- Balkan Crisis
- (1875–1878, 1908–1913)A series of ethnic conflicts in southeastern Europe intertwined with imperialist aspirations of the great powers directly involved, that is, Austria-Hungary, Russia, and the Ottoman Empire, plus those indirectly implicated, that is, Great Britain, Germany, France, and Italy, which led to the outbreak of World War I in 1914. Under the impact of national movements all over Europe since the mid-nineteenth century, Southern Slavs became politically sensitive to the ethnic, religious, and cultural nature of Ottoman Muslim rule. Nationalists believed that a national government would better suit their Slavic identity than a multiethnic empire, and they were also convinced that the European Great Powers would support their struggle for independence. The first Balkan crisis began with an anti-Ottoman uprising in the province of Bosnia-Herzegovina in July 1875. At first a peasant revolt against Ottoman taxation, Serbs, and Croats ultimately demanded outright freedom. Although there were several revolts in the Balkans in the first half of the nineteenth century - such as the Serbian uprising of 1804–1810, the Greek war of independence from 1821 to 1830, and the rebellions in Montenegro in the 1850s - from the 1860s onward national protest seized broad masses of illiterate rural, non-Turkic population. The European powers feared insoluble ethnic conflicts and aimed at a preservation of the Ottoman Empire. They also appreciated that the situation in the Balkans could trigger a larger war among them like the Crimean War of 1853–56. At first, no European power sought to interfere in the Bosnian conflict, but when Serbia threatened to declare war on the Ottomans in order to support Bosnian Serbs, Austria-Hungary feared a territorial expansion of Serbia in the region.This fear was not far-fetched. A Serbian minority lived in the southern regions of Hungary, and there was the danger that irredentism could spread from the Balkans to Hungary and expose the Austro-Hungarian monarchy to the same fate of progressive disintegration as the Ottoman Empire. Austria-Hungary therefore began consultations on the Bosnian question with Germany and Russia, the other members of the Three Emperors’ League. In the summer of 1876, the situation escalated when Serbia declared war on the Porte on June 30 and was joined by Montenegro on July 2. Great Britain feared military intervention of Russia on the Serbian side. At the international conference in Constantinople in December 1876, a truce was negotiated between Serbia and the Ottomans, but the Porte rejected a Great Power demand for inner reforms. In April 1877, Russia declared war on the Ottoman Empire, beginning the Russo-Turkish War of 1877–78 in which Romania and Serbia became Russian allies. The war ended with the Treaty of San Stefano in February 1878. The Ottomans were forced to guarantee the autonomy of the Bulgarian principality, independence of Montenegro, Serbia, and Romania, and cede self-administration to Bosnia and Herzegovina.This provoked the resistance of Great Britain and Austria-Hungary. German chancellor Bismarck mediated between Great Britain, Austria-Hungary, and Russia to prevent a major war in the Balkans. The Treaty of Berlin, concluded in July 1878, approved the state independence of Serbia, Montenegro and Romania yet failed to define clearly the new borders in the Balkans, thereby fuelling further armed conflicts over the territorial question that culminated in the Austrian annexation of Bosnia and Herzegovina in October 1908. This in turn aggravated Austro-Serbian animosity and Austro-Russian antagonism. Three years later Serbia, Bulgaria, Montenegro, and Greece founded the Balkan League that declared war on the Ottoman Empire in the First Balkan War and the Porte from the Balkan territory in 1913. Internal strife among the allies over the territorial division then brought on the Second Balkan War in 1913. Bulgaria had to give up her dream of a leading power in the Balkans, while Macedonia was divided between Serbia and Greece.See also <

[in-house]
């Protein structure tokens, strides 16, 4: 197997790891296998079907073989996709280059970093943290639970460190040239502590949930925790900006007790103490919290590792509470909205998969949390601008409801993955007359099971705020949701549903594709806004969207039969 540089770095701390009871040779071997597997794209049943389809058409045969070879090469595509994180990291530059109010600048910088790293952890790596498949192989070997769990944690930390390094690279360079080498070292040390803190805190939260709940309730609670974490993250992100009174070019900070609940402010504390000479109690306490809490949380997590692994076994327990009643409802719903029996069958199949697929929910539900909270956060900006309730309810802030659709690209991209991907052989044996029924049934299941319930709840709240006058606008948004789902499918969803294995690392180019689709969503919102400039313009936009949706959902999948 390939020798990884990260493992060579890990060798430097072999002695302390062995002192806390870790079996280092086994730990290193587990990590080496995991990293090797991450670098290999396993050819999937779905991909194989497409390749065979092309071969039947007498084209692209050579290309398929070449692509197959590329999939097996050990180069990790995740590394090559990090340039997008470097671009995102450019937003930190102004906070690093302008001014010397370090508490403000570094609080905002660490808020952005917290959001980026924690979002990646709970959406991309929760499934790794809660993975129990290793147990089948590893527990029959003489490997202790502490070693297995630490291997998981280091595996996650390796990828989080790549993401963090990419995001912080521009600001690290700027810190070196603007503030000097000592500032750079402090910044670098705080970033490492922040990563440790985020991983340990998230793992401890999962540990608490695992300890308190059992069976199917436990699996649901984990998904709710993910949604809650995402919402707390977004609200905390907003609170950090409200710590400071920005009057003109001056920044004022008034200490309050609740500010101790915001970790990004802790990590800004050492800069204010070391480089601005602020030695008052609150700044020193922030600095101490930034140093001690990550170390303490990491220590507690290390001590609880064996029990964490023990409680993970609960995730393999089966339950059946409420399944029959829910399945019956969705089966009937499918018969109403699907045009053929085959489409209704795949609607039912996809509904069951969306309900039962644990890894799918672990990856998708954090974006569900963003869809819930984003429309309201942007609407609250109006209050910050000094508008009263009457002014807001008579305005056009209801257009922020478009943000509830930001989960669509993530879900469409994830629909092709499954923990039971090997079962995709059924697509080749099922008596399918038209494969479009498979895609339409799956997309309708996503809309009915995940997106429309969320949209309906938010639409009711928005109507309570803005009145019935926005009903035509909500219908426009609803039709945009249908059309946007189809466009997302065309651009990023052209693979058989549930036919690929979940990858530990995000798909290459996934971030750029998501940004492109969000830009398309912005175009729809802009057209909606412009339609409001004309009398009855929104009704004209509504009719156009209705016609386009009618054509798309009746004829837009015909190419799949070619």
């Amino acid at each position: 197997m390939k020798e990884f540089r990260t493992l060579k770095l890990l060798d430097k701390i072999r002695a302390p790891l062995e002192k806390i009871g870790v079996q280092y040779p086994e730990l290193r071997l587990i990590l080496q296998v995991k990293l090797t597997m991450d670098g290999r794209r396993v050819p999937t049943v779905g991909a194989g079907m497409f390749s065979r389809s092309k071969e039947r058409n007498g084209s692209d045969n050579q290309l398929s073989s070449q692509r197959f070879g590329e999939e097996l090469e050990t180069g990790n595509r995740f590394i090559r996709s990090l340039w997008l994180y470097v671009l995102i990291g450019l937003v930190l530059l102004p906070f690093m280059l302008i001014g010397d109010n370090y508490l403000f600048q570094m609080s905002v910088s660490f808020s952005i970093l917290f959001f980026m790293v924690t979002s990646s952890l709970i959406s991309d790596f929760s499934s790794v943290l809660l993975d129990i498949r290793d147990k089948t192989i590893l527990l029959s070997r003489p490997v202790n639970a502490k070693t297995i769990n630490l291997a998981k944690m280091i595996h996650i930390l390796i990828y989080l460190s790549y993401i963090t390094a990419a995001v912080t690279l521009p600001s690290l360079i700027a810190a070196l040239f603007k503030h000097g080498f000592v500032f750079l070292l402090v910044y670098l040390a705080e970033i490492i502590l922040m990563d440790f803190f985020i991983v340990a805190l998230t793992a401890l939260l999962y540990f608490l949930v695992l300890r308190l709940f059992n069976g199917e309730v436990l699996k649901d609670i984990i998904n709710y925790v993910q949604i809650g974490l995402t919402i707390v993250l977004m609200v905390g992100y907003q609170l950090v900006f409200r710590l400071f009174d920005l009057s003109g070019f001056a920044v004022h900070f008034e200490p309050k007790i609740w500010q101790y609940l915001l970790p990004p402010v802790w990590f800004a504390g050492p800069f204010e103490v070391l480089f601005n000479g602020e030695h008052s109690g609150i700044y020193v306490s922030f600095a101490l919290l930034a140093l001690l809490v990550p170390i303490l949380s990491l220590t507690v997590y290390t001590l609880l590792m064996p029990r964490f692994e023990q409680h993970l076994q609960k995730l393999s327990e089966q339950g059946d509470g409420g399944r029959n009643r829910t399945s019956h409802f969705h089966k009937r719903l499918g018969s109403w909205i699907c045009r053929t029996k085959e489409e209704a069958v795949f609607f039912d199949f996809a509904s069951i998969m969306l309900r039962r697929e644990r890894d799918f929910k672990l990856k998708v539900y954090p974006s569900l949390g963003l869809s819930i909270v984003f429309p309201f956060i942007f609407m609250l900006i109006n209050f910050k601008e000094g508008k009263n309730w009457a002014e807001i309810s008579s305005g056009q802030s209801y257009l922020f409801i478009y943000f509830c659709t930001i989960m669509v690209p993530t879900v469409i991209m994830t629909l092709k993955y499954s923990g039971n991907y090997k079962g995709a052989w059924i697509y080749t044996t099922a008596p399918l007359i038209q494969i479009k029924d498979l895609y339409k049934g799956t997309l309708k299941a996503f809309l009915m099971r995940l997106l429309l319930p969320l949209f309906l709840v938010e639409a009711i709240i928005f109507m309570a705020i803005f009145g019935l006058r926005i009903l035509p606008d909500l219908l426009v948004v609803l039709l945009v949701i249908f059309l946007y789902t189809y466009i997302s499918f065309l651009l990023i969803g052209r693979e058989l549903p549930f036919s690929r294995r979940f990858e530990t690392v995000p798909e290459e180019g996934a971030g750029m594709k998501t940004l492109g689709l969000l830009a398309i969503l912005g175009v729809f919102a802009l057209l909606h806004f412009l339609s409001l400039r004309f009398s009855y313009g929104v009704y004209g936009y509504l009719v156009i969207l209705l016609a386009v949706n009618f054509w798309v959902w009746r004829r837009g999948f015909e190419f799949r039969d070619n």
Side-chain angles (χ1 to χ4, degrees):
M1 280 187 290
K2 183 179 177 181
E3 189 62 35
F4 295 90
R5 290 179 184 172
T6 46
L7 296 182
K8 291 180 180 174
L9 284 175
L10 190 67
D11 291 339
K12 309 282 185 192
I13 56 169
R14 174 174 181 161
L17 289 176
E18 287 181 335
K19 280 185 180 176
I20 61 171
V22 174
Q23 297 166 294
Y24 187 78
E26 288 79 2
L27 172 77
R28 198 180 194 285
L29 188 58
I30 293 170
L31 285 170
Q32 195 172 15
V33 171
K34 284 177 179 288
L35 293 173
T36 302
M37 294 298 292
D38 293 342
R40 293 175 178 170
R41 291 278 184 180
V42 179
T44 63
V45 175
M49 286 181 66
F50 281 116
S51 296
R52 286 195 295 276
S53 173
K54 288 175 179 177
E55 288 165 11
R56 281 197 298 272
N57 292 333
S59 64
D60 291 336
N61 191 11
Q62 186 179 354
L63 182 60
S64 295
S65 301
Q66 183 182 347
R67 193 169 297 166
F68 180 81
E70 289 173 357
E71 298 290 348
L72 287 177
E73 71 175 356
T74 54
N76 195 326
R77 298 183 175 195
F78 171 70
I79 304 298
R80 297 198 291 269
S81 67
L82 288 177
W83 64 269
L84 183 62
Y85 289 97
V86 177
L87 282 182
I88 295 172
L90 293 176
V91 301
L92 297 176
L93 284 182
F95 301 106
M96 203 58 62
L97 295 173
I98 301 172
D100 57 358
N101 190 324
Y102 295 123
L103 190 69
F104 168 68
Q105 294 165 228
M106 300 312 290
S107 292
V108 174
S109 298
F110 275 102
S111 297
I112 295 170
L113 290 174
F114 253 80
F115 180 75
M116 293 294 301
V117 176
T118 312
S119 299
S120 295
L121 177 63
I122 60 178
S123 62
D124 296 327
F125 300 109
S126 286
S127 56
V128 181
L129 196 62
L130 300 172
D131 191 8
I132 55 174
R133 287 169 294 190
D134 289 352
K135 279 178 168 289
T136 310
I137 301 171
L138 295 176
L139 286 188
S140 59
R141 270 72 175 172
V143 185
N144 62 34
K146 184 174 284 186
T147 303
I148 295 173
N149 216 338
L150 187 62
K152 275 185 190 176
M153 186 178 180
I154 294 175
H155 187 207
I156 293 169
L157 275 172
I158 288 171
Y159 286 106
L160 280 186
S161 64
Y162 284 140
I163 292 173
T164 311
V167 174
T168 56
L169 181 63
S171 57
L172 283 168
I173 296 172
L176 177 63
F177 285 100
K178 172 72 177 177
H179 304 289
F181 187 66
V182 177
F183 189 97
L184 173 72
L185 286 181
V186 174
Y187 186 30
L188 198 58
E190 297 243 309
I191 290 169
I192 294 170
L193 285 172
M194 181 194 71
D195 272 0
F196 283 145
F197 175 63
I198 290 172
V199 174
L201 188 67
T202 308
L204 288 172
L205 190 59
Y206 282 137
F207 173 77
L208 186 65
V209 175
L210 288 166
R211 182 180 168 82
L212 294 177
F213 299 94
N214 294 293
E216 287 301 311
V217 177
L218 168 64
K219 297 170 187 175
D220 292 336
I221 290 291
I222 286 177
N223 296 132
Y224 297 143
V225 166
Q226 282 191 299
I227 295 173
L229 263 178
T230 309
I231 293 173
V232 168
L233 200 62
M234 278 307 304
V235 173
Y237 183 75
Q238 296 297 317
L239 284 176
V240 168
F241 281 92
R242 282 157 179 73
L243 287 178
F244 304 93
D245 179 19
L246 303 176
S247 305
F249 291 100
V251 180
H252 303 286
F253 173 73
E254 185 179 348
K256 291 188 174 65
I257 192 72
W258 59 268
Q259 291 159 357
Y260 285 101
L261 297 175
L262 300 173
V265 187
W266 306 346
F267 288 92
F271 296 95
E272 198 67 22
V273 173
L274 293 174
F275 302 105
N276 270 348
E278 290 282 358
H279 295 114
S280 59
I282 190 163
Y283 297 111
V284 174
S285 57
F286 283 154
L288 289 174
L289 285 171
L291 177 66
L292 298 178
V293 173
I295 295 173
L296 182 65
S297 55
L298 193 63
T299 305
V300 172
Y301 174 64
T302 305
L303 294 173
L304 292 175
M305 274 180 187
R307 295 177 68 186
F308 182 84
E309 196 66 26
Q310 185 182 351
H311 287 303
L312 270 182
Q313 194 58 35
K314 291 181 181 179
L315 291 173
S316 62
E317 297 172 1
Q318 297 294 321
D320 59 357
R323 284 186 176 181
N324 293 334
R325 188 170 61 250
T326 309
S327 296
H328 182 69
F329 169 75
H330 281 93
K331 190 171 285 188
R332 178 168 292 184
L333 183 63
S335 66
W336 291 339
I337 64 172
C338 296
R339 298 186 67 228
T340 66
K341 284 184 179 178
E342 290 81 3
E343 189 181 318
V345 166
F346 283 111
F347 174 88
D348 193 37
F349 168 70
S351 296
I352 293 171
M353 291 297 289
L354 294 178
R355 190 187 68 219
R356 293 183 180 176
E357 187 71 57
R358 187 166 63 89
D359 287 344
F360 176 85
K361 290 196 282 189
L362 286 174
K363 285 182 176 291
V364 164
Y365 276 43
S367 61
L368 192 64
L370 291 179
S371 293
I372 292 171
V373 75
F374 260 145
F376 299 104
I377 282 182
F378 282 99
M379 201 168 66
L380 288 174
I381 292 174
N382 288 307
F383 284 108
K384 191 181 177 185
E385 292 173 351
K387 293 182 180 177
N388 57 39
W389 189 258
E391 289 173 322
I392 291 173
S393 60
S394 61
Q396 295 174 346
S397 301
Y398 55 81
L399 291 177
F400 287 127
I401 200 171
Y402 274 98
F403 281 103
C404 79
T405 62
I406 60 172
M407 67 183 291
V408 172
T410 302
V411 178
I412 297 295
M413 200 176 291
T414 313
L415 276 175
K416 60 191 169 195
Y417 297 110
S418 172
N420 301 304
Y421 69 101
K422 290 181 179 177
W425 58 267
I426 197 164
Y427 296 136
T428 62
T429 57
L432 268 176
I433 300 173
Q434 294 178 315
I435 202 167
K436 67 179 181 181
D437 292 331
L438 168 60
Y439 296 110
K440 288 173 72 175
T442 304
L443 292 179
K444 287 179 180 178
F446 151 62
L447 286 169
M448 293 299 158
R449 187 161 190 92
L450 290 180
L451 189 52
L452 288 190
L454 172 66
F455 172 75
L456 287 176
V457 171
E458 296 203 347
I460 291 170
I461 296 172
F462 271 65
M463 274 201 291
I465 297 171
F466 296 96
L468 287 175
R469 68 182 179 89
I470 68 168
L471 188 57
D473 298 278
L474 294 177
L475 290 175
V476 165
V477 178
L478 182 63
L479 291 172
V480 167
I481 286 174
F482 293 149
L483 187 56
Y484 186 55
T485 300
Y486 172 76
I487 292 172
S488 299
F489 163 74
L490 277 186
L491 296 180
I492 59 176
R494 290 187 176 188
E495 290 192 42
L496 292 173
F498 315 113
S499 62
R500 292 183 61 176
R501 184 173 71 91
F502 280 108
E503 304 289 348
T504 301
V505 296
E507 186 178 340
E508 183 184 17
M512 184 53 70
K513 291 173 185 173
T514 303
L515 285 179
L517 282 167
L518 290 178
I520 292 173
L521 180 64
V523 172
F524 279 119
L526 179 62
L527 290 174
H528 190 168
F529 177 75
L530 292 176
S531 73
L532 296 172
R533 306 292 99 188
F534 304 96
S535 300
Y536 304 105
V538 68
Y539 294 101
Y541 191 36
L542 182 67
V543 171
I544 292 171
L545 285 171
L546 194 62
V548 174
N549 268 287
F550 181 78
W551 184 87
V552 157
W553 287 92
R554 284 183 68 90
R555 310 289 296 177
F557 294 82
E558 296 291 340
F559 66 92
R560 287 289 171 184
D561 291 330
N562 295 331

>; < >; < >; < >; < >.FURTHER READING:Albertini, Luigi. The Origins of the War of 1914. 3 vols. Translated by Isabella M. Massey. New York: Oxford University Press, 1952;Glenny, Misha. The Balkans 1804-1999: Nationalism, War and the Great Powers. London: Granta Books, 1999;Lieven, D.C.B. Russia and the Origins of the First World War. New York: St. Martin’s, 1983.EVA-MARIA STOLBERG
Encyclopedia of the Age of Imperialism, 1800–1914. 2014.